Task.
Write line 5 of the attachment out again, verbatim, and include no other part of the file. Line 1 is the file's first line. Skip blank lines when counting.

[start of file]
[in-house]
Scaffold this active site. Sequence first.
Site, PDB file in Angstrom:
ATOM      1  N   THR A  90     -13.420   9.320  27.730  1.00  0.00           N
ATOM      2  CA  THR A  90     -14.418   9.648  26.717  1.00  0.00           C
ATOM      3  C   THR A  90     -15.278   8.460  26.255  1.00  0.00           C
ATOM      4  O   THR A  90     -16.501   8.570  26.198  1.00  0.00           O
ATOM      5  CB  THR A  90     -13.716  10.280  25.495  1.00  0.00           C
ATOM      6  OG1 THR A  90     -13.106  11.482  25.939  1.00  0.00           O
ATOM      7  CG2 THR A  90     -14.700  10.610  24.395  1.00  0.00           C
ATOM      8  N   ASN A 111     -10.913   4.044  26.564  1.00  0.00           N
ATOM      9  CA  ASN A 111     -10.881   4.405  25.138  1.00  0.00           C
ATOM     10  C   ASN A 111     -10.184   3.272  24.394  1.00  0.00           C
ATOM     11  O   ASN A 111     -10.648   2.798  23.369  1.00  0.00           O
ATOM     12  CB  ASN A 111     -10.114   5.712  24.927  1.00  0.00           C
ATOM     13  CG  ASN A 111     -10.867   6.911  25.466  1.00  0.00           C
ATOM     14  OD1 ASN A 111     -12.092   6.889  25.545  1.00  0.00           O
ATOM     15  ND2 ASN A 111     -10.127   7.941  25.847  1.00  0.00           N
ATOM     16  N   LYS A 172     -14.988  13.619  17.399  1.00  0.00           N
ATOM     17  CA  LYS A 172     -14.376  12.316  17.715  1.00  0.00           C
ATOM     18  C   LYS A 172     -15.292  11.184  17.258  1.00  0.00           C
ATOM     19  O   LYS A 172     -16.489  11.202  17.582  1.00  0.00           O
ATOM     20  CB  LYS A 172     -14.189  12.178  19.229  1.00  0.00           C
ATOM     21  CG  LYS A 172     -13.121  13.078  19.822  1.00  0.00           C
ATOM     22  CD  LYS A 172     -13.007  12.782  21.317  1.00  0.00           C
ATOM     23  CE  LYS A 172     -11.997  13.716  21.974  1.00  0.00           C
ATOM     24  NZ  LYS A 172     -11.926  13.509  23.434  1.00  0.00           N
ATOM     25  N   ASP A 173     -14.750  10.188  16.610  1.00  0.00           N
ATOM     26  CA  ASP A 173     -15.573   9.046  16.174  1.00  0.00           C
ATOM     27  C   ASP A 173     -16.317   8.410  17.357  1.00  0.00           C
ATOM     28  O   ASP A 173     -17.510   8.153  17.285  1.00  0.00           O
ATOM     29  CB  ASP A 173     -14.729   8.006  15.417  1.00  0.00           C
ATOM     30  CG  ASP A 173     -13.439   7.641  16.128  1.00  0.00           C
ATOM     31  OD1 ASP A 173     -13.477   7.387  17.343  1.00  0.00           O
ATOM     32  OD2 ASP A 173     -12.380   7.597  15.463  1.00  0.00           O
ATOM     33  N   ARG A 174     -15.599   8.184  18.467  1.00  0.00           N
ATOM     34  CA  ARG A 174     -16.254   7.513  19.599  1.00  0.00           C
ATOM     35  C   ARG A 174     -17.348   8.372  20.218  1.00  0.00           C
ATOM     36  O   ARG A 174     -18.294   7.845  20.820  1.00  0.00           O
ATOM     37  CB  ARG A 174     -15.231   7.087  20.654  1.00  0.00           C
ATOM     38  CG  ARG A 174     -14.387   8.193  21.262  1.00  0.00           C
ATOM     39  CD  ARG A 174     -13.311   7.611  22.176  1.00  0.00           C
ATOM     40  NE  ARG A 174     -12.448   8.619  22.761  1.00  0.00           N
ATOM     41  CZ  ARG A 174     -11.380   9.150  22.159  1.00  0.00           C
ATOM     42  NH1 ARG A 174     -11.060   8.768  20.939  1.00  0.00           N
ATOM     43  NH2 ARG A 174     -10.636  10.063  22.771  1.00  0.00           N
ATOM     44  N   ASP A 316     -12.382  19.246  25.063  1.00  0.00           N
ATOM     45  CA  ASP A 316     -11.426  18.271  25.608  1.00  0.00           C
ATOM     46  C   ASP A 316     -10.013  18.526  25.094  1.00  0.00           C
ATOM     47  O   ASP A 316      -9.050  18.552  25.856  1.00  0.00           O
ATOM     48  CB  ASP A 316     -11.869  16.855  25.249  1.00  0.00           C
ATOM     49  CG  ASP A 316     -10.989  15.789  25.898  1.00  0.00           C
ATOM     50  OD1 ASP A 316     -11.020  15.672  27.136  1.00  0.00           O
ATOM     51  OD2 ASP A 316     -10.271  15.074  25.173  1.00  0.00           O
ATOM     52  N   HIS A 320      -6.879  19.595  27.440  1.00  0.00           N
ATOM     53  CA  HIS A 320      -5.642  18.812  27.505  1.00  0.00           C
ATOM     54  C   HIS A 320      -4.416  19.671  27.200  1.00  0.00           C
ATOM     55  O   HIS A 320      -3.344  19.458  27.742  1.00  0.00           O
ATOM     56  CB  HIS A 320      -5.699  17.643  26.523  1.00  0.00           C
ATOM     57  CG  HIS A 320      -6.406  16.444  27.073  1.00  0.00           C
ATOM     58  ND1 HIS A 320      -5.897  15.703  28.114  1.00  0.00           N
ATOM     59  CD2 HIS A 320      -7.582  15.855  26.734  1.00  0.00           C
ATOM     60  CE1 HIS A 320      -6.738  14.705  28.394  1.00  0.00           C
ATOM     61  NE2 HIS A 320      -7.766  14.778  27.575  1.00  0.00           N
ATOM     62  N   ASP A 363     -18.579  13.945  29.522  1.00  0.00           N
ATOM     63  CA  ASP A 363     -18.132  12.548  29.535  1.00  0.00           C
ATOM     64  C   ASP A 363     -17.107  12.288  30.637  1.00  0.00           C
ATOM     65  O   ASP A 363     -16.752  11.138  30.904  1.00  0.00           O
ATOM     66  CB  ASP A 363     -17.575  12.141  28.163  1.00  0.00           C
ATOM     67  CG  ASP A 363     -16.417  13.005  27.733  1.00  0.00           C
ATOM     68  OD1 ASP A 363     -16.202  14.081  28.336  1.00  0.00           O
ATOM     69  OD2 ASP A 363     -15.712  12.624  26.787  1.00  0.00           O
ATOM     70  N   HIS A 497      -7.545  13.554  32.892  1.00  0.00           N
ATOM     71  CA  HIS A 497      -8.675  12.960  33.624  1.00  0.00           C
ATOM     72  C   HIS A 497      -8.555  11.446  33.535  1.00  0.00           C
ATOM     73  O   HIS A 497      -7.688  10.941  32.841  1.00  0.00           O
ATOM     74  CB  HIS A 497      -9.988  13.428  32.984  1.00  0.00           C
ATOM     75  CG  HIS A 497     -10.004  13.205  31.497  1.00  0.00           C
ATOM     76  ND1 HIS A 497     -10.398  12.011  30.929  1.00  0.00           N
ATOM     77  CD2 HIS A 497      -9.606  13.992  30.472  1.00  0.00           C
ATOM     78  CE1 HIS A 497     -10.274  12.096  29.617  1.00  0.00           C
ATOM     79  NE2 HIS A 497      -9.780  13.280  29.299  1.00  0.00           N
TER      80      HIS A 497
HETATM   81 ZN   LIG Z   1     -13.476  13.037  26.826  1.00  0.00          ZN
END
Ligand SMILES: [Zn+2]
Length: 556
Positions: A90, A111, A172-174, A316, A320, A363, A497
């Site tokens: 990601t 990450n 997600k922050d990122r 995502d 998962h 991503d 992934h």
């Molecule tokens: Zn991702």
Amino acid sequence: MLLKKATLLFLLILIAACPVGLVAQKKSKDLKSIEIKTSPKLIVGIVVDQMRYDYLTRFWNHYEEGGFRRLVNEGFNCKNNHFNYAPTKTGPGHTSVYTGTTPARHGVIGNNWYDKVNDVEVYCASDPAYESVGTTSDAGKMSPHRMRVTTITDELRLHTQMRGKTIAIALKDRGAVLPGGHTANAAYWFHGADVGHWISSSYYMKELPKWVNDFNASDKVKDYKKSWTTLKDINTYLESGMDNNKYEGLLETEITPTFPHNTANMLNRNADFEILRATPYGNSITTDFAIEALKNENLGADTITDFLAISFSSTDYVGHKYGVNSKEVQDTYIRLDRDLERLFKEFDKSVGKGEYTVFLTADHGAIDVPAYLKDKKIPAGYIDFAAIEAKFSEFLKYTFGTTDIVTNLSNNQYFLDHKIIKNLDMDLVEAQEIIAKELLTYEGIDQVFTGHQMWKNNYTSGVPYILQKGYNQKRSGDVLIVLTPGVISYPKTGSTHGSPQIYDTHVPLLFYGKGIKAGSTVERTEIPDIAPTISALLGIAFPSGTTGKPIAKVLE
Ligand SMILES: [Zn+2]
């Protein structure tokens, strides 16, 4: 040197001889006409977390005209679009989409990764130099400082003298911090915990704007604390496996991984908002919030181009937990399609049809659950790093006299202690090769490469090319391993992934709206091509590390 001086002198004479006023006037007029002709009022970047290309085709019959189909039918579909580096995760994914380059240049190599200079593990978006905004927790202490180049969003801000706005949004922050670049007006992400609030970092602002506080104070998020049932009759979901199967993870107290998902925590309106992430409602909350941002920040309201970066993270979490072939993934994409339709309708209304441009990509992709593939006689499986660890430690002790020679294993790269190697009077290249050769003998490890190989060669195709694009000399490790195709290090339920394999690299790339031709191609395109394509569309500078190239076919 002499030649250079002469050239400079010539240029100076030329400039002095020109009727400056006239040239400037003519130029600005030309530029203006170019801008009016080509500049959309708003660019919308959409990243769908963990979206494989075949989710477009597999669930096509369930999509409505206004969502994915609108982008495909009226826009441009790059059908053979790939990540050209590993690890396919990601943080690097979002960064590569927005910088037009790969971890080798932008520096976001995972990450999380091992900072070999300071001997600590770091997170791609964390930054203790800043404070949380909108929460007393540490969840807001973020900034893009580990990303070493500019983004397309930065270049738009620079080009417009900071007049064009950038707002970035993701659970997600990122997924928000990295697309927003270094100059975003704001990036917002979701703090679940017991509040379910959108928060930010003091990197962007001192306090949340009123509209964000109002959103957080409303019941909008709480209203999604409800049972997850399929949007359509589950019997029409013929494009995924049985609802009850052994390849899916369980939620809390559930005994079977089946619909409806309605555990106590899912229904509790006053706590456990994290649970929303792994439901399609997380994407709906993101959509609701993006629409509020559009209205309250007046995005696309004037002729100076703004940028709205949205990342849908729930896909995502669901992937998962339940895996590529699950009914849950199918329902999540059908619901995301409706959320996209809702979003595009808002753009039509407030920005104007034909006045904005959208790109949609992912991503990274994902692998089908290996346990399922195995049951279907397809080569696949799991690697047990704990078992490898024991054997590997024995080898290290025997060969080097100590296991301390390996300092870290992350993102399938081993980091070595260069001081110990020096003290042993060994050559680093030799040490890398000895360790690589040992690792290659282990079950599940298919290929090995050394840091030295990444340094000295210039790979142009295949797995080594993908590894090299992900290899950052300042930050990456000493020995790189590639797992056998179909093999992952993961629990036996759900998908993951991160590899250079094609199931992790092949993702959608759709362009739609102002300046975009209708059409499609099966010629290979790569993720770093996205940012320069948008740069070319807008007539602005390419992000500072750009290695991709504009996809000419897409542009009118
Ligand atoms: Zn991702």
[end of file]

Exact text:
ATOM      2  CA  THR A  90     -14.418   9.648  26.717  1.00  0.00           C